While I definitely like to “ohh” and “ahh” at the beautiful scenery and imaginative creatures I tend to find in fantasy games, I’ve recently found myself adrift in an ocean of cuteness. In a world where netting a wide audience is more important than satisfying a niche, cute has settled in as the status quo. I don’t want to sound like a gloomy Gus, but sometimes I just need a dank, disgusting world to get get dirty in. That’s why playing the early access version of Grim Dawn has been so refreshing for me as I didn’t find myself taking in the beauty of my surroundings as much as being oppressed by them.
The first thing I noticed when I started a game in Grim Dawn was that humanity was on its heels in a way I hadn’t seen before. Where as many games have utilized a post-apocalyptic setting, there were always bastions for safety, lights at the end of a dark tunnel reassuring you that wading through horrific circumstances will eventually lead to a pleasant future. Grim Dawn did not give me this impression. In fact, I’m convinced that even after I save Cairn (Grim Dawn’s location) from whatever evil has permeated it, things are still going to be pretty crappy for its residents.
The interesting thing is, it’s not just the monsters that contribute to this impression. While a gaggle of horrific creatures is always important in setting the mood in a game like Grim Dawn, they feel more like an extension of the environment as opposed to a separate entity. It’s the things that aren’t commonly focused on that benefit most from the aesthetic of Grim Dawn, the items or places that always appear to be cast from a different mold than the rest of the game.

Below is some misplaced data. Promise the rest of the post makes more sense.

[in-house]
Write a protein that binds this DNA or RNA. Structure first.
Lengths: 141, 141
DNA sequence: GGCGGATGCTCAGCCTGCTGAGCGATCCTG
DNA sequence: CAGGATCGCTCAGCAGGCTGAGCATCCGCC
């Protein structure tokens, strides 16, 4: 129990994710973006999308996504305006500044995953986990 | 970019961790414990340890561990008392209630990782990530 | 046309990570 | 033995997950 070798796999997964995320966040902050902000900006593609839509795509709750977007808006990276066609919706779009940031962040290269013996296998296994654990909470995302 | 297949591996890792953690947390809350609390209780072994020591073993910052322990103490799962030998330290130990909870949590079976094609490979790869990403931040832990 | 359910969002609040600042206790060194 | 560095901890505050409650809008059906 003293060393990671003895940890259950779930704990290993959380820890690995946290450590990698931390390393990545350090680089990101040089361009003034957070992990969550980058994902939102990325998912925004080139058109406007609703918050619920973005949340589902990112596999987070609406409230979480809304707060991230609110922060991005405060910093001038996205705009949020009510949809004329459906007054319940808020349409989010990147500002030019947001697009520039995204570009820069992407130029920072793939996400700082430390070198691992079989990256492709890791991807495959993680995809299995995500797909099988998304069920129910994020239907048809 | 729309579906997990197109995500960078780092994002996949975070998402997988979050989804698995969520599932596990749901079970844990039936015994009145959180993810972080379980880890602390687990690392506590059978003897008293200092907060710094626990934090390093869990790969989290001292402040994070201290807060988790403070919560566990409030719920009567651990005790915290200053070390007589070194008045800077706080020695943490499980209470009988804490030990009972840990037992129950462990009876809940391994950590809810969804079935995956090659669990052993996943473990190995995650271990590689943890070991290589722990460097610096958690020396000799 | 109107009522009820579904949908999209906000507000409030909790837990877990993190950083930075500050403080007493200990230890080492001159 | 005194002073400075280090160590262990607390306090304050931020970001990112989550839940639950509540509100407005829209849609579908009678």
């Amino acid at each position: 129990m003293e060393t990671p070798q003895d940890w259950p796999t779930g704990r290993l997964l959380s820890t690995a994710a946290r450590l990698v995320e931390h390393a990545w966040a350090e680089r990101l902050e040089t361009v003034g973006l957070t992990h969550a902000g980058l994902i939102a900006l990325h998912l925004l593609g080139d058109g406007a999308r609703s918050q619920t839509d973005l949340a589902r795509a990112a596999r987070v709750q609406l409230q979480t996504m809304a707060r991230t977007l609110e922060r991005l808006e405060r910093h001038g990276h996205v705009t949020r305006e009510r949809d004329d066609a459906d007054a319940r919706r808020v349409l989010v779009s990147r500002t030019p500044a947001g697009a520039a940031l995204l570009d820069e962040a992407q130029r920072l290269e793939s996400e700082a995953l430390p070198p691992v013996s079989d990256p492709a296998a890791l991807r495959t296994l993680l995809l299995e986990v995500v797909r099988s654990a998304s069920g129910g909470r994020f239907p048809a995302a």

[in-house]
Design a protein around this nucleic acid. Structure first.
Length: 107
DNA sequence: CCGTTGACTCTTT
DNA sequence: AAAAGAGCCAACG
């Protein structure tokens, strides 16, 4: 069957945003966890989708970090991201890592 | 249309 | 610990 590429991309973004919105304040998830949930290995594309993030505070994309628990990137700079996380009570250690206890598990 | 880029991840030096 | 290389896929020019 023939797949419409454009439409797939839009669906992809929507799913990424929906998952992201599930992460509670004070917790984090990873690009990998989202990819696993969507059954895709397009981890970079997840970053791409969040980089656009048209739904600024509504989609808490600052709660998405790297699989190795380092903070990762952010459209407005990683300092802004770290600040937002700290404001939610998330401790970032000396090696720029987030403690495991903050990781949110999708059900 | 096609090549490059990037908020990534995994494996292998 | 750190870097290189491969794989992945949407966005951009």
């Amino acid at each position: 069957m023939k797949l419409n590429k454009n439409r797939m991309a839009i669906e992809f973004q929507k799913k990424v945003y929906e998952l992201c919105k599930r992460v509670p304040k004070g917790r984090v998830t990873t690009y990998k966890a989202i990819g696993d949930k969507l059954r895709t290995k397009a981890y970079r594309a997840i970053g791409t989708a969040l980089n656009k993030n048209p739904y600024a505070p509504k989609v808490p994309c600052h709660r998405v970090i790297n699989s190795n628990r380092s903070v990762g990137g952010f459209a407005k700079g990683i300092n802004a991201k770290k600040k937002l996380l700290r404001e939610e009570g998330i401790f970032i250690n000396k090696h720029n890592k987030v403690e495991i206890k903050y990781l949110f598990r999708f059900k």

Take for example Devil’s Crossing, the town where you begin your journey. What once was a prison now acts as a “safe place” for survivors. Though don’t let that fool you; Devil’s Crossing is a monster horde attack away from becoming yet another above ground graveyard. Everything is held together by scrap. The guards hold off the steady stream of undead that wanders in from the ruined town just down the road. It feels more like a place where you’d be fighting monsters as opposed to a place you go to purchase goods and relax. That being said, it makes sense in this world as humans have been knocked down a couple links on the food chain.
Step outside the city gates and you’re already knee deep in grime, blood and bodies (of the walking dead and dead-dead varieties). There’s an immediate sense of dread as you wander further away from Devil’s Crossing, the ruins of once vibrant villages still burning as monsters battle amongst each other. This continues as you explore forests, caves and other locations ravaged by the evil that’s blanketed the land.
Even the tools you use for survival reflect the state the world is in. Armor and weapons aren’t bright and shiny pieces used for both utility and looks, but rather scraps of rusted metal or stained cloth stitched together to give you as much protection as possible. While I’ve yet to find an item that I thought looked “cool” on my character, I appreciate the efforts put into the design to make every aspect of the game seem inhospitable.
Grim Dawn isn’t the first game to tread this territory, but for me it’s signaled a nice change of pace, especially in ARPGs and other fantasy based genres. I like to look at pretty stuff as much as the next guy, but sometimes feeling dirty feels good.